The note, found years later, is the only written record of the tragic events. The most gruesome discovery was that of human bones showing cut marks, indicating acts of cannibalism among the desperate men.
Initially, few in Britain were worried about the explorers and it was not until 1848, three years after Erebus and Terror sailed, that rescue ships were despatched. Over the next decade, around 40 ships combed the vast Arctic labyrinth – an empty wilderness the size of Western Europe – in search of the missing men. Sadly, they looked everywhere but the right place.
In 1859, 14 years after the expedition’s departure, Crozier’s brief note was unearthed by a team led by Leopold McClintock from Dundalk. By a twist of fate, McClintock’s sister married a nephew of Crozier.
McClintock’s discovery sparked a renewed surge of interest in the expedition and a growing number of both official and unofficial groups went in search of clues. Canadian authorities joined the search in 2008. Using state-of-the-art ships, modern technology, and the invaluable assistance of local Inuit people, they closed in on the two wrecks.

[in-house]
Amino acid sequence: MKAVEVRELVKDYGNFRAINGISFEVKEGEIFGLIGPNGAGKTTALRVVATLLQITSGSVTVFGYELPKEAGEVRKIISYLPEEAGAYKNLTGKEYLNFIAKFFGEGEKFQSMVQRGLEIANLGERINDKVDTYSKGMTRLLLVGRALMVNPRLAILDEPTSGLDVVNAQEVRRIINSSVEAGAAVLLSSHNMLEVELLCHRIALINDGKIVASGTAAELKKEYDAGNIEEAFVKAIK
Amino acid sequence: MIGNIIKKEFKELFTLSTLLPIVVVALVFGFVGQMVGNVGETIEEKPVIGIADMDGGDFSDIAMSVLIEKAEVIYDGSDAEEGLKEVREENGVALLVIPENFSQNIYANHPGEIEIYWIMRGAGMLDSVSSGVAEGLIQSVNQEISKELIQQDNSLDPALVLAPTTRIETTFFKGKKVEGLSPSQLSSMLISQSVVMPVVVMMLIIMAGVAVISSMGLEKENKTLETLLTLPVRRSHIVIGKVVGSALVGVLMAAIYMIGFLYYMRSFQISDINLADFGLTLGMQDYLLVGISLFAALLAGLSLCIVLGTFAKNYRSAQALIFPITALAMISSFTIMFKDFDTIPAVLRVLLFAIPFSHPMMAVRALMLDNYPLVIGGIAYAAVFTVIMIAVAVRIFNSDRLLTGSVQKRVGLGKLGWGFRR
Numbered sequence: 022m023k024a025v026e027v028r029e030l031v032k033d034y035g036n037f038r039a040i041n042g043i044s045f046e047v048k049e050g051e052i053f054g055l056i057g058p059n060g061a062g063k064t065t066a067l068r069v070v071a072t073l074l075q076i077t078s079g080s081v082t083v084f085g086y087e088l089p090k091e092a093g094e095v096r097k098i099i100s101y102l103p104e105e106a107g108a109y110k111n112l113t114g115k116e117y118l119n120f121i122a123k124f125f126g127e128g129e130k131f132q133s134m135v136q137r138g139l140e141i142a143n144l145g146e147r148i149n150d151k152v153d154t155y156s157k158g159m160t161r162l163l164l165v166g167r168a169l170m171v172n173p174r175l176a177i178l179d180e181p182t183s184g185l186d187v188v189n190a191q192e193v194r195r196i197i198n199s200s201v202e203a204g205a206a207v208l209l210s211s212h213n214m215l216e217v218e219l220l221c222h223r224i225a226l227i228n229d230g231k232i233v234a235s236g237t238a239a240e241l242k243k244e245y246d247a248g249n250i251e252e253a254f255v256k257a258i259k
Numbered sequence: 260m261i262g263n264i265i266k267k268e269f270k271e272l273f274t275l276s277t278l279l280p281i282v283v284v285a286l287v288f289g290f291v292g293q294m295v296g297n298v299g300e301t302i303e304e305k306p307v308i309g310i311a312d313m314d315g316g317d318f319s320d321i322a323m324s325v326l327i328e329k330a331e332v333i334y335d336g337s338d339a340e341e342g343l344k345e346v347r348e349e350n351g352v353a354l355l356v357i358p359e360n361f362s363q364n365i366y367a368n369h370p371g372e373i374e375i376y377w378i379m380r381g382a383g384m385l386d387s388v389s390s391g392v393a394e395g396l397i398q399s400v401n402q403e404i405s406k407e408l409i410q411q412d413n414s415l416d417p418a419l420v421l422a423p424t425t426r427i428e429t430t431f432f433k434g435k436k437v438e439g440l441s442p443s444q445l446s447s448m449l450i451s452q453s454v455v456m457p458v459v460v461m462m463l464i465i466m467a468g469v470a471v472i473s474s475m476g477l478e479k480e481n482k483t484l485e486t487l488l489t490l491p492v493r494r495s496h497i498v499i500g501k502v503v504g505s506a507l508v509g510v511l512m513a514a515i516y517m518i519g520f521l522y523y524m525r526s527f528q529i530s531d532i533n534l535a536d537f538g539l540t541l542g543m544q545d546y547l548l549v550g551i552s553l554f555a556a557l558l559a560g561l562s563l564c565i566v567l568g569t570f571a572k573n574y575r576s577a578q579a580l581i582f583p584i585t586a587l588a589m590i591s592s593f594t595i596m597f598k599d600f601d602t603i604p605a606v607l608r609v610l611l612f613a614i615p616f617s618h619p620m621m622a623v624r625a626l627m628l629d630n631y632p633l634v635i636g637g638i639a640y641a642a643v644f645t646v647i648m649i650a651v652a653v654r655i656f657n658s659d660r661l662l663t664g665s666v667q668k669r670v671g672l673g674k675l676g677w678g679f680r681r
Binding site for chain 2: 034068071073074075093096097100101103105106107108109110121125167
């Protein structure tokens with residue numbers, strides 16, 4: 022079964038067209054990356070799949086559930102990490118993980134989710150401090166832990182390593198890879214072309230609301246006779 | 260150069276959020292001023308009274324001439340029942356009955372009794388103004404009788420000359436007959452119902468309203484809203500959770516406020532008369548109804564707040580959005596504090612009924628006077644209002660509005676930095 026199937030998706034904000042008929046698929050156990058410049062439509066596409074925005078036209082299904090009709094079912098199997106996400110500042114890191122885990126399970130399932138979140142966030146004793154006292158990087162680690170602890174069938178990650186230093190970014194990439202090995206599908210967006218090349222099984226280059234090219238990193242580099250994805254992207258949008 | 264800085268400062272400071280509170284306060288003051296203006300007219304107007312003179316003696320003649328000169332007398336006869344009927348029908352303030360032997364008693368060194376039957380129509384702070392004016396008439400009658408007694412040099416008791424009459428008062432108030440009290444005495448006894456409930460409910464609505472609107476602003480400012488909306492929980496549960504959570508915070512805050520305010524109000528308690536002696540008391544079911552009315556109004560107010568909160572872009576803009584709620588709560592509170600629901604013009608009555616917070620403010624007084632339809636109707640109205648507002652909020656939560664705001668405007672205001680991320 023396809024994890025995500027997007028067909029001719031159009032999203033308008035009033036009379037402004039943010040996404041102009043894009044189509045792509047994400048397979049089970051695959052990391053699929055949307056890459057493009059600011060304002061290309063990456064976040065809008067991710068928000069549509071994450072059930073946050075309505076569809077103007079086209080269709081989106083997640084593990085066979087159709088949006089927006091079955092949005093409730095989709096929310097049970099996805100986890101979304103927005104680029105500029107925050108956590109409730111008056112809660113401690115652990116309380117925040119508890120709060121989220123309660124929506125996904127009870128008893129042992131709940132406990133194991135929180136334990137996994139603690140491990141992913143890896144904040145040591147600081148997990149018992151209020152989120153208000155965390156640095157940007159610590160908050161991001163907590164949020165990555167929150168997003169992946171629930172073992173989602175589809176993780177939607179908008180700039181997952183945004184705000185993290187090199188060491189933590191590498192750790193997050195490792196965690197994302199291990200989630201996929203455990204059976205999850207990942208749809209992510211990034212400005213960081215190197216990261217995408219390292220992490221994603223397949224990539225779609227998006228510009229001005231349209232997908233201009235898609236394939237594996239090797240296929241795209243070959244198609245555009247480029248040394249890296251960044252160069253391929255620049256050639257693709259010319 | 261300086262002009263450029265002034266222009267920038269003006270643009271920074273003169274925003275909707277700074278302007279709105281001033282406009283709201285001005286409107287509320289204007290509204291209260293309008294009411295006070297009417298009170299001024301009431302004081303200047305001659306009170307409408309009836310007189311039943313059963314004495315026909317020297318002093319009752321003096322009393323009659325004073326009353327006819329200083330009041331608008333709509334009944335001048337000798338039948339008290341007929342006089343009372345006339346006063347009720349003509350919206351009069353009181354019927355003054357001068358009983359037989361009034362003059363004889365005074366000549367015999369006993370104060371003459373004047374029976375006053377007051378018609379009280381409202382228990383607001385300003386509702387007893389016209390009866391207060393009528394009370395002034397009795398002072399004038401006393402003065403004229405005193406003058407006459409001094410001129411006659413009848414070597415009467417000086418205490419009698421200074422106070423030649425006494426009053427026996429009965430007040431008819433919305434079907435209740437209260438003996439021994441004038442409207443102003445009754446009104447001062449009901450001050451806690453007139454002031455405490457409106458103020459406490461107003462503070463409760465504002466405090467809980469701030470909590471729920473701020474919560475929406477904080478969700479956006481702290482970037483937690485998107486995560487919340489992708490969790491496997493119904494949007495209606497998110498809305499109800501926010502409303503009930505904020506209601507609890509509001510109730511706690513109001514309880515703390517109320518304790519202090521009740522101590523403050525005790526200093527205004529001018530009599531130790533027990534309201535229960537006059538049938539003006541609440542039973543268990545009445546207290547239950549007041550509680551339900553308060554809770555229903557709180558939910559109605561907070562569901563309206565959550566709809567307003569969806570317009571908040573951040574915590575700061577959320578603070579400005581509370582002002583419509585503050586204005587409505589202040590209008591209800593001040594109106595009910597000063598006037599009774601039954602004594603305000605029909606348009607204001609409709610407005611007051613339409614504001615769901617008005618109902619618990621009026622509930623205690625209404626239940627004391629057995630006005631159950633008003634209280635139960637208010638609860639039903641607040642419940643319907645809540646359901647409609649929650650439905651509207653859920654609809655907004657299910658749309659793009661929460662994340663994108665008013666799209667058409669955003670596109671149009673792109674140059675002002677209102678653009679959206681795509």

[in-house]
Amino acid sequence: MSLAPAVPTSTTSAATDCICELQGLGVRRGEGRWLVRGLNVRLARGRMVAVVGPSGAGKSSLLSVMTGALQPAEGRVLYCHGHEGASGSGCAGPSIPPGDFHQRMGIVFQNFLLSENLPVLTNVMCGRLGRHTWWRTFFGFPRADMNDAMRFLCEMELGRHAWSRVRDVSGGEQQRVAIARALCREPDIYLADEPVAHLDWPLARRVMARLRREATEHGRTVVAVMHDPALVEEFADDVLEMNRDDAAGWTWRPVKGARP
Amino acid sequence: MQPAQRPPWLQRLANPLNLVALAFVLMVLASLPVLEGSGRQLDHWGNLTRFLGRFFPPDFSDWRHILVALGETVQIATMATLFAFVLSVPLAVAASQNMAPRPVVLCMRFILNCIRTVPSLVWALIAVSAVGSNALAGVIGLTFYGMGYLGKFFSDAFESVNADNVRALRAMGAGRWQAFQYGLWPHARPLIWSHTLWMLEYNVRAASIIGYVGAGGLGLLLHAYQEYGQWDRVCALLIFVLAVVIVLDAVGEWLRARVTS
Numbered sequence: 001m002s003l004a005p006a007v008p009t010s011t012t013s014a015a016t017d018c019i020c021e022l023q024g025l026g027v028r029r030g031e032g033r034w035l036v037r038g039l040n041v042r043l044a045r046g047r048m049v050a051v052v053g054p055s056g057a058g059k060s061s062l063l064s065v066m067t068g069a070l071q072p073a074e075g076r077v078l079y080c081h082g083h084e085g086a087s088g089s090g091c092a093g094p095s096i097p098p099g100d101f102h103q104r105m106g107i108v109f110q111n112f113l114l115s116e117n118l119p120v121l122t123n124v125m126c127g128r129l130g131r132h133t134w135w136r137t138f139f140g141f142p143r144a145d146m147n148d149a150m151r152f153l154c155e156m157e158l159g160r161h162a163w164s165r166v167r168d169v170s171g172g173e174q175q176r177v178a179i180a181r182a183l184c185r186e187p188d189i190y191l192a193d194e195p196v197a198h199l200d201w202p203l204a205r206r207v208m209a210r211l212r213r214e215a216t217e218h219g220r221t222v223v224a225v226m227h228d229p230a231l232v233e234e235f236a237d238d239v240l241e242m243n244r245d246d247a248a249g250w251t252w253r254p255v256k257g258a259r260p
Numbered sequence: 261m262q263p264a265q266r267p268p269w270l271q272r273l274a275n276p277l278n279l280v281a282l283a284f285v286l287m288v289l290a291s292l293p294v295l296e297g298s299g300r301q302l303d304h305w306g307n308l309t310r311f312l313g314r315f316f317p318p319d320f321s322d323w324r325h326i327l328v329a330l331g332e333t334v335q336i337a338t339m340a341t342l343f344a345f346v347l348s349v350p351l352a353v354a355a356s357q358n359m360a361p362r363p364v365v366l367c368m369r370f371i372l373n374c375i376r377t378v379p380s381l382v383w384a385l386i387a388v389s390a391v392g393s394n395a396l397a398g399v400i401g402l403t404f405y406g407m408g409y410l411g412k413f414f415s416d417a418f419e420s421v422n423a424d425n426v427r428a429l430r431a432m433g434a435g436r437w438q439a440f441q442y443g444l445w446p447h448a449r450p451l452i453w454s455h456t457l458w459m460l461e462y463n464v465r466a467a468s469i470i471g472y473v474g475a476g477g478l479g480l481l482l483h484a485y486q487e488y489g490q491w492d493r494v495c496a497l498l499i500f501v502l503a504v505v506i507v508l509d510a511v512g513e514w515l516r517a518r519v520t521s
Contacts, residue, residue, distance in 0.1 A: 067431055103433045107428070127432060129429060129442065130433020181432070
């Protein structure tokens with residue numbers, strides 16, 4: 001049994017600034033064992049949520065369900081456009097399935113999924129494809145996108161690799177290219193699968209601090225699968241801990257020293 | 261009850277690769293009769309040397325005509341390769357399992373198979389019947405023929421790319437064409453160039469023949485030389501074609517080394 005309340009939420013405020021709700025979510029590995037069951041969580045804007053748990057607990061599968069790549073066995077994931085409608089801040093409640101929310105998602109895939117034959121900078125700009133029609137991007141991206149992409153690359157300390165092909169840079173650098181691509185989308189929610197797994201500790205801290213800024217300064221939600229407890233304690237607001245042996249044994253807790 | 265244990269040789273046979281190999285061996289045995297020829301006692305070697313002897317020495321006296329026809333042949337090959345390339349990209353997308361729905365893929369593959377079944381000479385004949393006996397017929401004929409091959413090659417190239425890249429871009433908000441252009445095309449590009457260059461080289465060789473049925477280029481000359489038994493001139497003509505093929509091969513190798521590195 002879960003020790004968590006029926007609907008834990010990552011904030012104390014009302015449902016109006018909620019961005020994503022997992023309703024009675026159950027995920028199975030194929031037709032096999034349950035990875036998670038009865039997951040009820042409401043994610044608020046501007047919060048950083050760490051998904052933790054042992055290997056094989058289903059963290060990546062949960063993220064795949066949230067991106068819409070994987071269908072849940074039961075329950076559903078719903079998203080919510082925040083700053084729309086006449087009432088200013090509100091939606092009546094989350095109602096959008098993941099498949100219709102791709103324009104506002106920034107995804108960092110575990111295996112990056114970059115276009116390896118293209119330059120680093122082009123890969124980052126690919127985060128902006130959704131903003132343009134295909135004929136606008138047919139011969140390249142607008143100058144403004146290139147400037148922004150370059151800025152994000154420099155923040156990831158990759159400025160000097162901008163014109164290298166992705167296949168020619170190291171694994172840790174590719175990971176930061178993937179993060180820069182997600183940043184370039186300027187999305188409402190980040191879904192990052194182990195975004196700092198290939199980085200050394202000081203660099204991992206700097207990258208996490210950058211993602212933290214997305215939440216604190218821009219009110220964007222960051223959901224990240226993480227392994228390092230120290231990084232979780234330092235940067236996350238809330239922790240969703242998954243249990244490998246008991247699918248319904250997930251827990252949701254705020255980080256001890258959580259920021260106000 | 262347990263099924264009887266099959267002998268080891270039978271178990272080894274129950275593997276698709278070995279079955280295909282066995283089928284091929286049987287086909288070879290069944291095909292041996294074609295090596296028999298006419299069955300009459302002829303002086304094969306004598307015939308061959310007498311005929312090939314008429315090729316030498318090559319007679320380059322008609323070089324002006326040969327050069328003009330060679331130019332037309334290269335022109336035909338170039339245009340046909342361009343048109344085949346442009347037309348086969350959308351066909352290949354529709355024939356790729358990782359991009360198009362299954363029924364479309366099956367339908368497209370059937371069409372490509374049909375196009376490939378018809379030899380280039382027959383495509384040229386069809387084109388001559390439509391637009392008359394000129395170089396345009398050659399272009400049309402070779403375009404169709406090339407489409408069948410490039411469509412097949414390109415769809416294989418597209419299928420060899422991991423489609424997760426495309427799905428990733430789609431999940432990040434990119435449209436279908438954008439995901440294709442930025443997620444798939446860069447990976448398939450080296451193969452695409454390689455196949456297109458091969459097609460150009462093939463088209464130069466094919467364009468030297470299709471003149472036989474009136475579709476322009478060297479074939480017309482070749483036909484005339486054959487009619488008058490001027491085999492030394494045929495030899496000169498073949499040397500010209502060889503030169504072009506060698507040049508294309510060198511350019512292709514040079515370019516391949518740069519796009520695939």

After the stoppage for Covid, recovery and investigation work has now resumed. At the heart of the work is the simple wooden desk 80 feet below the ice which is likely to contain the vital expedition records written by Crozier.
The hope is that Francis Crozier may be waiting to reach out across the centuries to answer the questions that have mystified generations. Perhaps there is even a last letter to his lost love, Sophy Cracroft.
‘Icebound in the Arctic: The Mystery of Captain Francis Crozier and the Franklin Expedition’ by Michael Smith is out now. Michael will speak about Francis Crozier at the Immrama Festival of Travel Writing, Lismore, on June 17; lismore-immrama.com